I found this Sancerre at Total Wine for $19.99. It’s actually on their top 20 list of wines right now. This Sancerre is a pale gold in color. On the nose it’s very aromatic, which Sauvignon Blancs are known for. I smelled aromas like green apple, pear, and citrus with some herbal and floral undertones. Upon drinking the wine, you’ll see that it is dry and pretty light. You get a lot of the same green and citrus fruits on the palate with some minerality, but what is very noticable is the acidity. It adds a nice crispness that is very refreshing. I recommend chilling this wine at 45-50 degrees Fahrenheit for ultimate enjoyment. Trust you don’t want to drink this wine at room temperature. When it comes to food, you could pair this wine with roasted turkey or chicken and definitely fish since it’s so light. I normally drink New Zealand Sauvignon Blancs, but this Sancerre was a nice treat that I look forward to trying more of in the future.

2016 Tablas Creek Patelin de Tablas

Next, I chose a red blend. This is another Total Wine find for $19.99. I follow Tablas Creek on Instagram, but had never tried their wines. For background, Tablas Creek is a winery located in Paso Robles, California. That region is known for producing Rhône style wines. The Rhône Valley is also located in France as well. This French style of wine works well in Paso Robles because they have similar climates. Most of the regions in the Rhône don’t focus on a single grape. They blend—hence today’s recommendation.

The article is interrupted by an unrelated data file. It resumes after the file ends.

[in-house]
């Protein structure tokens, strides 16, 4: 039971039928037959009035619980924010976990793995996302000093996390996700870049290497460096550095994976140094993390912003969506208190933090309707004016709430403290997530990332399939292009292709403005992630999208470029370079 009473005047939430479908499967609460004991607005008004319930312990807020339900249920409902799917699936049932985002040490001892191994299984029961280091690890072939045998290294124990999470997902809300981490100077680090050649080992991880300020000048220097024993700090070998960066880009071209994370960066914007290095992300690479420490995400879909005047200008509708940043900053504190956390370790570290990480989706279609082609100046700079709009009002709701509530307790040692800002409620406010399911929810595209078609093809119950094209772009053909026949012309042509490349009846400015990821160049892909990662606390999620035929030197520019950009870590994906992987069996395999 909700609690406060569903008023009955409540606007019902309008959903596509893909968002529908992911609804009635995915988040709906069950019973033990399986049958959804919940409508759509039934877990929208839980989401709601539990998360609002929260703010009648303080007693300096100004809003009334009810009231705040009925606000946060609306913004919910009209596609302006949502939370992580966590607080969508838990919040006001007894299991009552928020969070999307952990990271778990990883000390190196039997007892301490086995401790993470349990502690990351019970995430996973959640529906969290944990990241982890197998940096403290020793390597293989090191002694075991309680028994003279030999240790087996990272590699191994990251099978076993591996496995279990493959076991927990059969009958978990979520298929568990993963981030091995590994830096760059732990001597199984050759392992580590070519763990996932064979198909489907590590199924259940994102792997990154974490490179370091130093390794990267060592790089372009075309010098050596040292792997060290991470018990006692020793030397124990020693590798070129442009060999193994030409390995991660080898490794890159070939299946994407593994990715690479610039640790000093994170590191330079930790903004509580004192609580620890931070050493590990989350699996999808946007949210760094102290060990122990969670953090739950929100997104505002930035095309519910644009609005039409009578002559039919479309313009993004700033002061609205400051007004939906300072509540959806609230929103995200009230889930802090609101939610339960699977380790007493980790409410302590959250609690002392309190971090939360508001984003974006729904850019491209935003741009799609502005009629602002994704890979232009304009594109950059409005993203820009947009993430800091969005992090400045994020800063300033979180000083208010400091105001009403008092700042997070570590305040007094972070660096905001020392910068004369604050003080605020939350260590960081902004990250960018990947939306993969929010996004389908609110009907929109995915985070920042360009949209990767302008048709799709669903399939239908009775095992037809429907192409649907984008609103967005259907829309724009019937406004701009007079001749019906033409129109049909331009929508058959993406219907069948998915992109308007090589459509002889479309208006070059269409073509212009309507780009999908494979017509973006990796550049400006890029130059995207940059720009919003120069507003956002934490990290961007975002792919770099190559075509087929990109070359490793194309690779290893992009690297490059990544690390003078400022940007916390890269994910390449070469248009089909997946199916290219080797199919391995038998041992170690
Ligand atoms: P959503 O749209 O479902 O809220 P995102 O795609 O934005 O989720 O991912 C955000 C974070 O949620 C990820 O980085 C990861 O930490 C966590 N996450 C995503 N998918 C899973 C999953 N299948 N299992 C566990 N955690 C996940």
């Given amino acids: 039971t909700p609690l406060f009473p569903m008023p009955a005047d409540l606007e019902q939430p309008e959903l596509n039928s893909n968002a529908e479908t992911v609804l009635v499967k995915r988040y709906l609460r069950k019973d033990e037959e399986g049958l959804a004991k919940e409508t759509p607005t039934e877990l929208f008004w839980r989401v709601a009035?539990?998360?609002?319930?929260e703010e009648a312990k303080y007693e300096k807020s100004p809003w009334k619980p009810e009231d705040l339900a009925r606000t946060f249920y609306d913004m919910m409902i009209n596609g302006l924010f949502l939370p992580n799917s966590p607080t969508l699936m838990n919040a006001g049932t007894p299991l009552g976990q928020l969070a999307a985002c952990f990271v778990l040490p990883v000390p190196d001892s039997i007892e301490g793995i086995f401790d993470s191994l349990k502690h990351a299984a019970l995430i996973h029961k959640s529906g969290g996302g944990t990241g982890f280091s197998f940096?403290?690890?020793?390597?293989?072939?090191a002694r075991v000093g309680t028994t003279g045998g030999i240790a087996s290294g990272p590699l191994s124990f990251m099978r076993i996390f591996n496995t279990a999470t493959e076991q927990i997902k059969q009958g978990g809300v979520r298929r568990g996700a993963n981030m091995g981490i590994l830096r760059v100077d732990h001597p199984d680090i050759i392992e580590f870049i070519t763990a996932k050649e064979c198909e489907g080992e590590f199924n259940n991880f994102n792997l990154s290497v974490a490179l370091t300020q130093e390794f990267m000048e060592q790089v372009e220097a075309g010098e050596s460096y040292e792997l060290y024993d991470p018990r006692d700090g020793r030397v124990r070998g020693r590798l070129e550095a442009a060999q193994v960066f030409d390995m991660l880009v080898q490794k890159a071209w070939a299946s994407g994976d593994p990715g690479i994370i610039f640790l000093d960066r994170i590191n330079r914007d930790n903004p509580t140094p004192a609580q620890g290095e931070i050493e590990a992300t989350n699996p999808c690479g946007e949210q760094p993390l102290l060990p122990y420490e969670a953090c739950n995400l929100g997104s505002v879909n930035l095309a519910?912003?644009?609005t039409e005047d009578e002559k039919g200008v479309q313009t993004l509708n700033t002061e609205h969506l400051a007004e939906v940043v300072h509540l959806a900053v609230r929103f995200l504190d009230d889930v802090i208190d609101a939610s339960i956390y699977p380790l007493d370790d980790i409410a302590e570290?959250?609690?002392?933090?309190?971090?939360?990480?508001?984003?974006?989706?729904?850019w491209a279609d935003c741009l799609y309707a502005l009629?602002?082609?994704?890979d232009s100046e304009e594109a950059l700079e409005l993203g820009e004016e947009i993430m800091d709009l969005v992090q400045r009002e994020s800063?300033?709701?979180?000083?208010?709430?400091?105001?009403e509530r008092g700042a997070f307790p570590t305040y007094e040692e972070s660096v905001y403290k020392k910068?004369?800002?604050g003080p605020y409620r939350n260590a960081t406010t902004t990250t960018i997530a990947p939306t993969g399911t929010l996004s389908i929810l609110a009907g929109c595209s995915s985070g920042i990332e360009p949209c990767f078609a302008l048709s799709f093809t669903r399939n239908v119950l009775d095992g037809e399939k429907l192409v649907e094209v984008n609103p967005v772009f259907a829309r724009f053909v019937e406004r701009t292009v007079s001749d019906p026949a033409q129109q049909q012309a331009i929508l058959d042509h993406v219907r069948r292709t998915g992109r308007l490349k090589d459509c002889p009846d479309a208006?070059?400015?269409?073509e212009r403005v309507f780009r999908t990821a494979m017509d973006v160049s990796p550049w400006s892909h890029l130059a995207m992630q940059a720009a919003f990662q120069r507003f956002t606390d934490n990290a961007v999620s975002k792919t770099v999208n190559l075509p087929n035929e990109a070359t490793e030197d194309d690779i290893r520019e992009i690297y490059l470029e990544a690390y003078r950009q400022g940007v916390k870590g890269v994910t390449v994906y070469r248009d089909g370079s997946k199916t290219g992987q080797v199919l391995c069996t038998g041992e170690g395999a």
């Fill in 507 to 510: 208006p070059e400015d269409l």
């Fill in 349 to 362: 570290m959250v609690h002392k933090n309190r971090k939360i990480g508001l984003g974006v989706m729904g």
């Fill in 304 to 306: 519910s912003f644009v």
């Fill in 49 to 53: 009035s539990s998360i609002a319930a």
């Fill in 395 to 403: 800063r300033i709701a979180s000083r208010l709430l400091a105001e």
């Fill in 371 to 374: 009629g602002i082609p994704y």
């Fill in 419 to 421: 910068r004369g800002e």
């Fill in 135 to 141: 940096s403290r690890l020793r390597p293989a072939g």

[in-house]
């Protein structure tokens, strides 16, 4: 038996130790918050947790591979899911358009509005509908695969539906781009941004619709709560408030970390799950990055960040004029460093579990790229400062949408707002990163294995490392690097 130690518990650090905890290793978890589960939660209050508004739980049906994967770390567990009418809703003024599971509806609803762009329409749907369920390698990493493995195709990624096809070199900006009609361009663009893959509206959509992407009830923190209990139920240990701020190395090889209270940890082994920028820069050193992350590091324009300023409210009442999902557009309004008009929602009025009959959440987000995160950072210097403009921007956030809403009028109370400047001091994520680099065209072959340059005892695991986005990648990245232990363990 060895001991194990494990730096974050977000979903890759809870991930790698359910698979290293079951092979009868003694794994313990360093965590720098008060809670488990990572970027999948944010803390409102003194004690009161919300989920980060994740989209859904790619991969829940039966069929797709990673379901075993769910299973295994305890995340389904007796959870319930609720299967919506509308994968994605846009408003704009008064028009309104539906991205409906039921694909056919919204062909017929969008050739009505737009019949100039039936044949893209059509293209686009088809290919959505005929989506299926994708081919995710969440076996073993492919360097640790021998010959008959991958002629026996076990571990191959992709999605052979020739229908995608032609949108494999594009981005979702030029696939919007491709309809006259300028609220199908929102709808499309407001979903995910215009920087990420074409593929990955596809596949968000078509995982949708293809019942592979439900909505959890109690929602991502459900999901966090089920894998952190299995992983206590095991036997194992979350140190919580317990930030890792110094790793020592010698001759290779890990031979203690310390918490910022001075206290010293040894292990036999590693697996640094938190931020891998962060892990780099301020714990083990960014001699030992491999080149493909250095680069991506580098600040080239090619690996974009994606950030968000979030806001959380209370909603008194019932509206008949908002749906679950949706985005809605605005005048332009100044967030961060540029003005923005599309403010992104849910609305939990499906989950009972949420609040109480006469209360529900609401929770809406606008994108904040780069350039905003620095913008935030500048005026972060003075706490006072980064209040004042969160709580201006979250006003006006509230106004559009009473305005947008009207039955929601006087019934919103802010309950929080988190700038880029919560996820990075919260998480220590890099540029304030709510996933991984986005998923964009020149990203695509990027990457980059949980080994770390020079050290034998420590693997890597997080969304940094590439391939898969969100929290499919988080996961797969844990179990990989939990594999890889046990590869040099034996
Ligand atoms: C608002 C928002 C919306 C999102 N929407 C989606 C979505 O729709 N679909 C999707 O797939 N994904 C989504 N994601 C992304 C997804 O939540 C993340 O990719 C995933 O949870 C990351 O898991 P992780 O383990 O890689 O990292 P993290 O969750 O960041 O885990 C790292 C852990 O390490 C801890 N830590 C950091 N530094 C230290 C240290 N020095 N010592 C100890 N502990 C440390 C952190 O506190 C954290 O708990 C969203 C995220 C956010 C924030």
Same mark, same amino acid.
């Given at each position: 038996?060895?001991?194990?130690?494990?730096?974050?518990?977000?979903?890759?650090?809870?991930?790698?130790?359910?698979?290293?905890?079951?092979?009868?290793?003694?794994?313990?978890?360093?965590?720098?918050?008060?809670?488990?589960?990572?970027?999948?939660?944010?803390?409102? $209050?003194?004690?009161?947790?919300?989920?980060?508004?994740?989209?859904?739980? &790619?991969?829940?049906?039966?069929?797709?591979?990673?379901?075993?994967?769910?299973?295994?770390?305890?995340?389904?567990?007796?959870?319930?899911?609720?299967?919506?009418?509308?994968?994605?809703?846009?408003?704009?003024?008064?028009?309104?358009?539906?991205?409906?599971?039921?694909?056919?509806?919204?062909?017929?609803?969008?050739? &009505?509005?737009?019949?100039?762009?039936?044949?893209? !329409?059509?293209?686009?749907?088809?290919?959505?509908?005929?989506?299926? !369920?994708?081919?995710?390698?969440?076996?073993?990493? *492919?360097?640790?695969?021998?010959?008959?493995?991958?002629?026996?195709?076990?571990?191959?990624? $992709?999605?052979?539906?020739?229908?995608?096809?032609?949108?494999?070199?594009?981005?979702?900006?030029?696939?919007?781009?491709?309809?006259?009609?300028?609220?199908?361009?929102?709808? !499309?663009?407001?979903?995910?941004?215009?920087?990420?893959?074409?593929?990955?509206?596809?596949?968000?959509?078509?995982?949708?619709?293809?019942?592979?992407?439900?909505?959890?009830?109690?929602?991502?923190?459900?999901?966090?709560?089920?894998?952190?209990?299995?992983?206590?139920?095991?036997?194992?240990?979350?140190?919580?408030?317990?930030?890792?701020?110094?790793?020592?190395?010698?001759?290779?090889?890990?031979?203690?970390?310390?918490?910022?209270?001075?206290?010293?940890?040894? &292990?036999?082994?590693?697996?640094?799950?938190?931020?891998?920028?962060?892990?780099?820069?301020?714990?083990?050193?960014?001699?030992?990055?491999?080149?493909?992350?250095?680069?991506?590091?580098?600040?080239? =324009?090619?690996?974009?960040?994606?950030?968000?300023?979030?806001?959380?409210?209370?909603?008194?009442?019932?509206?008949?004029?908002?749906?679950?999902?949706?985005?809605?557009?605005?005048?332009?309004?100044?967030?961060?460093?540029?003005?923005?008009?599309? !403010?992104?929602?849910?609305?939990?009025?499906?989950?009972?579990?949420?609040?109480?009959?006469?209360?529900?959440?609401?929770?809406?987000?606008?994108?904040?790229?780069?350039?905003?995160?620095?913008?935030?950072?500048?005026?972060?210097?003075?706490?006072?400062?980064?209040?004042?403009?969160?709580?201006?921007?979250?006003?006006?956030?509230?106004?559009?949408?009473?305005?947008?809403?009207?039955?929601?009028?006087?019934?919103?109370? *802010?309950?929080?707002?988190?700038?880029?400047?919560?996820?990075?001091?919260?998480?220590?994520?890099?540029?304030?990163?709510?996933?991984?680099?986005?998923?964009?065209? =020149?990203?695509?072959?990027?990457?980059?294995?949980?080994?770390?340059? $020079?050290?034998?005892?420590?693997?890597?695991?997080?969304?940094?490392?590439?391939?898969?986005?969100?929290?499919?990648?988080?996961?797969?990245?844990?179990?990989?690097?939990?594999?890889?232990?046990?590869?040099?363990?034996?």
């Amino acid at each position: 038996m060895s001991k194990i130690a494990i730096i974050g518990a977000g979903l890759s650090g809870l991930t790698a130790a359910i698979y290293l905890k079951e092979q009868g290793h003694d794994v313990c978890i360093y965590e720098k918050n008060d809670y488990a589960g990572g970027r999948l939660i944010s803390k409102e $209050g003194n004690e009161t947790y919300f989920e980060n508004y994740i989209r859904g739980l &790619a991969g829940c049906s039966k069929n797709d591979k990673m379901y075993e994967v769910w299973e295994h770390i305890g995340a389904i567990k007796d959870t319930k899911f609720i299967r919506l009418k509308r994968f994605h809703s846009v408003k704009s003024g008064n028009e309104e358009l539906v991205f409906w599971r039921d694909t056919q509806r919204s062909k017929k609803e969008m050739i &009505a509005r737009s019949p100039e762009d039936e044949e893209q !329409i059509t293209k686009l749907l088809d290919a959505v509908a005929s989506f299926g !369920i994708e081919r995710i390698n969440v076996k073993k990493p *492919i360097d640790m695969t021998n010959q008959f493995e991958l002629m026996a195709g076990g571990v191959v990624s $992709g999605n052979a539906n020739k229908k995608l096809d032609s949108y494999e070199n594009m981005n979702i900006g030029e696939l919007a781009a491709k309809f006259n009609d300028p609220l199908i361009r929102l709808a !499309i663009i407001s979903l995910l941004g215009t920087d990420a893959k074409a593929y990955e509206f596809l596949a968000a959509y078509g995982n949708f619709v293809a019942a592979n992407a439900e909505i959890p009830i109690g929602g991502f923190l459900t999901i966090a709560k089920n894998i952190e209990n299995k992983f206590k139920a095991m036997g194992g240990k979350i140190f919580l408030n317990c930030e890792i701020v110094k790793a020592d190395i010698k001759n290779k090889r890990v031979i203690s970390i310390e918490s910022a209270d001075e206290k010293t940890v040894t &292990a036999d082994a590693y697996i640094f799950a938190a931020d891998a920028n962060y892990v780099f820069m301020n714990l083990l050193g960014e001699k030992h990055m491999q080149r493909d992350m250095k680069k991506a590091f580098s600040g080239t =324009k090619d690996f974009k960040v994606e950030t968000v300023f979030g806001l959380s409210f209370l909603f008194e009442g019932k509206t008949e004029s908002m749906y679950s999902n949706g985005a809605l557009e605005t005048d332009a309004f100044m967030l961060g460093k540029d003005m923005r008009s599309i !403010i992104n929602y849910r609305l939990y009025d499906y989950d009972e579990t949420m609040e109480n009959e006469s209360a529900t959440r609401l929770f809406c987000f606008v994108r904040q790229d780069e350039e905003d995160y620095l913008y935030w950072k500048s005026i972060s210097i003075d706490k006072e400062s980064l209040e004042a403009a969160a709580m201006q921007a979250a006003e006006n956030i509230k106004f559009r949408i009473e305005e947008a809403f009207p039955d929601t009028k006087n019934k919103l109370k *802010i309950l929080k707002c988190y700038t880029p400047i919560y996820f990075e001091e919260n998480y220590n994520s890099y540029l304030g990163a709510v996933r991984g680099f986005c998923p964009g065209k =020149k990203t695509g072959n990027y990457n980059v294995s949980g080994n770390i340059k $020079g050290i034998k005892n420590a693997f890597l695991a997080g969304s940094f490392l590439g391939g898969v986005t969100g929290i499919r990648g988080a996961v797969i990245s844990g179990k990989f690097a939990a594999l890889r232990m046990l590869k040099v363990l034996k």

I know a lot of my readers enjoy red over white wine, so I’m excited for you to try this one. I wanted to select a red blend that included varietals that you may not drink on an everyday basis. I know sometimes when we see a grape that we don’t know or can’t pronounce, we may avoid picking up the bottle due to some intimidation. I know I’m guilty of that sometimes, but I want to challenge you to step out of your comfort zone with wine. This particular blend includes four Rhône varietals:

  • Syrah (52%)
  • Grenache (31%)
  • Mourvédre (6%)
  • Counoise (11%)

Please note that when looking for the Patelin de Tablas you may not be able to find the 2016 vintage and that’s okay. When I did the GAL tasting, some of the ladies had the 2017 or 2018. Just note that the make-up (percentage) of each grape is going to be different. I think the 2018 even adds a fifth varietal. I love that this blend changes every vintage. You’re not going to get the same mass produced wine, which adds to the awesomeness of this blend.